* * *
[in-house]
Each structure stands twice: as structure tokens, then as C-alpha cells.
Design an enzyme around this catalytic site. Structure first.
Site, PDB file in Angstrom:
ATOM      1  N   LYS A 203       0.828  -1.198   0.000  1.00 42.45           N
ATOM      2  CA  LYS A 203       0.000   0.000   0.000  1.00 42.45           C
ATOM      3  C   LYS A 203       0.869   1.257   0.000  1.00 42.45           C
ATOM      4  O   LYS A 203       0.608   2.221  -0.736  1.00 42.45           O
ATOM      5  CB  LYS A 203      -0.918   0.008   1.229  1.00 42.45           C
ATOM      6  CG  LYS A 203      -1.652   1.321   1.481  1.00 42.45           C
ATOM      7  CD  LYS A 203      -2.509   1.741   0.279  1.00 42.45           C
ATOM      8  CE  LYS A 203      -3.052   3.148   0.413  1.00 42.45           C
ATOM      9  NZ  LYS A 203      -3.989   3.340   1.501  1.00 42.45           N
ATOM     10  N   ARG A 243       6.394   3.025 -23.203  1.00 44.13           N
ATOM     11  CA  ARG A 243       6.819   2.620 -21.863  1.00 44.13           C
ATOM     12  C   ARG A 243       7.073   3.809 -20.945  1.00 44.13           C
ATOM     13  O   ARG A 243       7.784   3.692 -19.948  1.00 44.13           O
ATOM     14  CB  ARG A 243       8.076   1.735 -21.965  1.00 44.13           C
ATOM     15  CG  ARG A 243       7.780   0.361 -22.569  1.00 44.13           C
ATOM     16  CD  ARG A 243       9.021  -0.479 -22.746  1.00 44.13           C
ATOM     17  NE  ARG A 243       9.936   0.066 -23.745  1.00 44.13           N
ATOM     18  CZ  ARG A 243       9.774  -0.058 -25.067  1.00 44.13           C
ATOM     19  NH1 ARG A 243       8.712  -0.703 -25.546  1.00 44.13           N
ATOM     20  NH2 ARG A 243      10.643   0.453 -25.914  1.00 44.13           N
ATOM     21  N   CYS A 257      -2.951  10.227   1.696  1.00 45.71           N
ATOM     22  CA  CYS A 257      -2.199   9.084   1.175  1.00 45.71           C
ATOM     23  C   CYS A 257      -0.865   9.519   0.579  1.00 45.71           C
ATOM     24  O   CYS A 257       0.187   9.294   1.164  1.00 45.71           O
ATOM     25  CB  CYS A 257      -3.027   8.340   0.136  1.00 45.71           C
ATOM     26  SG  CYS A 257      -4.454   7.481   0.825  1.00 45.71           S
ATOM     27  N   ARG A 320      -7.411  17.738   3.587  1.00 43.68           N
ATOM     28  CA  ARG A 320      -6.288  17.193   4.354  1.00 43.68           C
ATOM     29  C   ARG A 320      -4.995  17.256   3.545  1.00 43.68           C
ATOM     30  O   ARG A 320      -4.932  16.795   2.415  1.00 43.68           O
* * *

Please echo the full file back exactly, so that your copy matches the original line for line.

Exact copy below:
[in-house]
Each structure stands twice: as structure tokens, then as C-alpha cells.
Design an enzyme around this catalytic site. Structure first.
Site, PDB file in Angstrom:
ATOM      1  N   LYS A 203       0.828  -1.198   0.000  1.00 42.45           N
ATOM      2  CA  LYS A 203       0.000   0.000   0.000  1.00 42.45           C
ATOM      3  C   LYS A 203       0.869   1.257   0.000  1.00 42.45           C
ATOM      4  O   LYS A 203       0.608   2.221  -0.736  1.00 42.45           O
ATOM      5  CB  LYS A 203      -0.918   0.008   1.229  1.00 42.45           C
ATOM      6  CG  LYS A 203      -1.652   1.321   1.481  1.00 42.45           C
ATOM      7  CD  LYS A 203      -2.509   1.741   0.279  1.00 42.45           C
ATOM      8  CE  LYS A 203      -3.052   3.148   0.413  1.00 42.45           C
ATOM      9  NZ  LYS A 203      -3.989   3.340   1.501  1.00 42.45           N
ATOM     10  N   ARG A 243       6.394   3.025 -23.203  1.00 44.13           N
ATOM     11  CA  ARG A 243       6.819   2.620 -21.863  1.00 44.13           C
ATOM     12  C   ARG A 243       7.073   3.809 -20.945  1.00 44.13           C
ATOM     13  O   ARG A 243       7.784   3.692 -19.948  1.00 44.13           O
ATOM     14  CB  ARG A 243       8.076   1.735 -21.965  1.00 44.13           C
ATOM     15  CG  ARG A 243       7.780   0.361 -22.569  1.00 44.13           C
ATOM     16  CD  ARG A 243       9.021  -0.479 -22.746  1.00 44.13           C
ATOM     17  NE  ARG A 243       9.936   0.066 -23.745  1.00 44.13           N
ATOM     18  CZ  ARG A 243       9.774  -0.058 -25.067  1.00 44.13           C
ATOM     19  NH1 ARG A 243       8.712  -0.703 -25.546  1.00 44.13           N
ATOM     20  NH2 ARG A 243      10.643   0.453 -25.914  1.00 44.13           N
ATOM     21  N   CYS A 257      -2.951  10.227   1.696  1.00 45.71           N
ATOM     22  CA  CYS A 257      -2.199   9.084   1.175  1.00 45.71           C
ATOM     23  C   CYS A 257      -0.865   9.519   0.579  1.00 45.71           C
ATOM     24  O   CYS A 257       0.187   9.294   1.164  1.00 45.71           O
ATOM     25  CB  CYS A 257      -3.027   8.340   0.136  1.00 45.71           C
ATOM     26  SG  CYS A 257      -4.454   7.481   0.825  1.00 45.71           S
ATOM     27  N   ARG A 320      -7.411  17.738   3.587  1.00 43.68           N
ATOM     28  CA  ARG A 320      -6.288  17.193   4.354  1.00 43.68           C
ATOM     29  C   ARG A 320      -4.995  17.256   3.545  1.00 43.68           C
ATOM     30  O   ARG A 320      -4.932  16.795   2.415  1.00 43.68           O